Tuesday, April 28, 2009

Sudhakar's Thoughts

Dan -

Only in America....

I have visited many countries, developed, undeveloped, and developing. I have not come across any person or organization that argues what math is. They all seem to have an intuitive grasp of what kids should master by high school. If there isn't agreement on what math is at the fundamental level, we cannot even get past first base. Before Obama and Arne Duncan, or even Dorn, turn this ship around, they need to deal with this massive boat anchor called Ed School Establishment. Pardon me, I know I am preaching to the choir.

Part of what is happening is, in my mind, reaping what we sow. We as a nation neglected teaching the fundamentals for the last three decades. Some of the kids who went through these self esteem days of schooling are now teaching elementary and middle school math. Data show that most elementary and middle school teachers never took advanced math in high school, and did not major in math or science related subjects. I would not expect them to be thrilled about math and science achievement. When these kids end up in middle school, no wonder they need help in arithmetic! It is like ignoring a cold until it turns to pneumonia, and then spending many times the money to treat it. I had to home school my kids to see the difference for myself. The WORST I did was with my eldest son, who passed his AP Calc exam in 11th grade. The best I did was with my second son, who passed AP calc in 9th grade. My daughter is on track to do AP calc in 9th grade as well. What is funny (and sad) is that my daughter's 6th grade math teacher, who taught CMP2, said she did not have aptitude for math. That was the last year she spent in a regular school.

What gets me with the SPS recommendation is the concept of "balance". This is a non-option as far as I am concerned. When someone chooses a curriculum for its "balance", they will lose the bright kids due to boredom, and confuse those who don't get it. I was forced to spend some time with my son in India with his Discovering Algebra 2 book, because we were on a long vacation during school year. The chapter was "logarithms", and I could not find more than one useful formula in the chapter. There were almost no useful examples to serve as models. My son and I gave up on the book, and I taught him what I recalled from memory, going back to my high school days in 1971. He came back to school ahead of his classmates in Logarithms. The teacher was still trying to decide how to make sense of the chapter! He ended up getting tutored by me for the rest of the class, and aced the course.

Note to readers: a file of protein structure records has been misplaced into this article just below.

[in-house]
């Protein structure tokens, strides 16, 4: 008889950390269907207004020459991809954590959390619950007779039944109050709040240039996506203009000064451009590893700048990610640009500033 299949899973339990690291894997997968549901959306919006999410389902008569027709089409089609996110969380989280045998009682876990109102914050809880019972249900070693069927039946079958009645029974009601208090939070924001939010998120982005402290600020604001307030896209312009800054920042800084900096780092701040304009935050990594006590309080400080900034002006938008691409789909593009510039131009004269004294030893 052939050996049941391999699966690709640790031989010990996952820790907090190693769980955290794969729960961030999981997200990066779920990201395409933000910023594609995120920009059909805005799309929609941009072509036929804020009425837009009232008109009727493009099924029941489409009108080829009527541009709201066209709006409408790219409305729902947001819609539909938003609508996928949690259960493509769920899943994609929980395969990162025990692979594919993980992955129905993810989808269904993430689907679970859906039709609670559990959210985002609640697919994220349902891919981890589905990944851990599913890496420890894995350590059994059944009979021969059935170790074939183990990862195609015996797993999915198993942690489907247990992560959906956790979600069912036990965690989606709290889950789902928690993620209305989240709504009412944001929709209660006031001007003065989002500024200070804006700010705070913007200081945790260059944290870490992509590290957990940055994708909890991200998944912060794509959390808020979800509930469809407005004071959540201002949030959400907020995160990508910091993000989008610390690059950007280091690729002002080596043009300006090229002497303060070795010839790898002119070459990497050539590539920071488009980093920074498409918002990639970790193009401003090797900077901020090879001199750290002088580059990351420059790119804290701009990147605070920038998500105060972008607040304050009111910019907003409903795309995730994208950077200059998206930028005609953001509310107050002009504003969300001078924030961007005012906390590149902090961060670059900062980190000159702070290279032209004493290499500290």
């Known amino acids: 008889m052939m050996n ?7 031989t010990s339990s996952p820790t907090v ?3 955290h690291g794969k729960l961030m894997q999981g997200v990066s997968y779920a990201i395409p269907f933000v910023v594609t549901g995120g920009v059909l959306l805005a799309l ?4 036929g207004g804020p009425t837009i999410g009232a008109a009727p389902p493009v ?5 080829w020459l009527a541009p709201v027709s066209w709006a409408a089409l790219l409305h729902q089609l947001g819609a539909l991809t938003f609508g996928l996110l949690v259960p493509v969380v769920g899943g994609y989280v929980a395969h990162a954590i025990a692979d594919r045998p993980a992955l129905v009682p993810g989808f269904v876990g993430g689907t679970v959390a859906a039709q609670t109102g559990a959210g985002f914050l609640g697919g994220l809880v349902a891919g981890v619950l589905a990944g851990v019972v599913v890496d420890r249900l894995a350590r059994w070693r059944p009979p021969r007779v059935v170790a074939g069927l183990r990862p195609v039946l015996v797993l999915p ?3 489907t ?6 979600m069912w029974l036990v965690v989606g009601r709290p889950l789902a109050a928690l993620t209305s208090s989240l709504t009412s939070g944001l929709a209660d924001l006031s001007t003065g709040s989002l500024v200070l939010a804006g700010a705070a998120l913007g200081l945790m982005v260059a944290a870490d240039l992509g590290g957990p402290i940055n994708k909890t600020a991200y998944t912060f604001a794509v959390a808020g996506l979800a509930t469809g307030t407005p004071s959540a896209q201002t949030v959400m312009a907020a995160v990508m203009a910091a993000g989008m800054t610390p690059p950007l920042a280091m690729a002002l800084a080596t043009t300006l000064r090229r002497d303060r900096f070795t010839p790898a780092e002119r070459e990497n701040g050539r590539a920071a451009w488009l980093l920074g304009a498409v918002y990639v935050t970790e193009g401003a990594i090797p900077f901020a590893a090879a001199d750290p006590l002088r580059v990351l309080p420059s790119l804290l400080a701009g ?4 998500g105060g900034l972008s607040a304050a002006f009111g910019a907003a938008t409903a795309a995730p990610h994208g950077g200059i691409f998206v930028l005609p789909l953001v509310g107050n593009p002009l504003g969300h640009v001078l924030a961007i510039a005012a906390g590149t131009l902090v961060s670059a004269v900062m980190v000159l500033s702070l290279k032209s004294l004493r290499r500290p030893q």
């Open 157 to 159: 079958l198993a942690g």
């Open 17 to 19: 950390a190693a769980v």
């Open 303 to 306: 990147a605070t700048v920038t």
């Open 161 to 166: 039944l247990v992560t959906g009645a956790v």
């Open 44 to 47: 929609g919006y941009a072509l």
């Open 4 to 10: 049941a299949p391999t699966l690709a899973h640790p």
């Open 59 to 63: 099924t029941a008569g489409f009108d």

So, "balance" in curricula, in this context, is mediocrity in disguise. Worse, it looks good on the surface, has a lot of fluff, but has no meaningful substance inside. It is as if someone tried to interpret math for the math poor - without much success. In the end, no one benefits. It is a lose-lose proposition, and a recommendation only a mother (in this case, the "mother" is the entity that recommended it) can love. It was the same reason given by Beaverton schools when they went with EDM - "balance". Another generation of Beaverton elementary kids left behind.


Anonymous said...

A vocal minority controls the math curriculum debate and as a result negatively influences the lives of so many innocent, young people.

Wait a minute, isn't that in the US and I thought this was a democracy.

Anonymous said...

Here's Rand's response (another report!!!)

Achievement for All???? written by???? We know them well.

The chapters are downloadable in PDF.

They'd like to see better research!!! and MORE evidence!!! Gee, I remember a UW study not to long ago that had professors filling in a survey about how they felt about the textbooks they were reading....Nice work. And you even got published. wow, what a joke.

dan dempsey said...

USA is not a democracy, it is a republic. In a Republic we realize that decisions are very complex and we rely on our representatives to fully research the issues and produce the best solutions possible in the interests of the citizens.

In the SPS the Directors are essentially un-salaried. This unfortunately means they can not thoroughly research every issue. They must rely on the Central Administration's leadership and there is the rub.

Why would anyone listen to a Central Administration that has produced over a decade of math disaster? Beats me but on May 6, 2009 perhaps we shall find out.

Anonymous said...

An unsalaried position yes, but there are perks - its a stepping stone (eg. Alan Bersin). You do what you are told to do or you don't belong. It explains a great deal.

dan dempsey said...

You do what you are told to do or you don't belong...So who is really doing the telling?

Anonymous said...

The mysterious force :)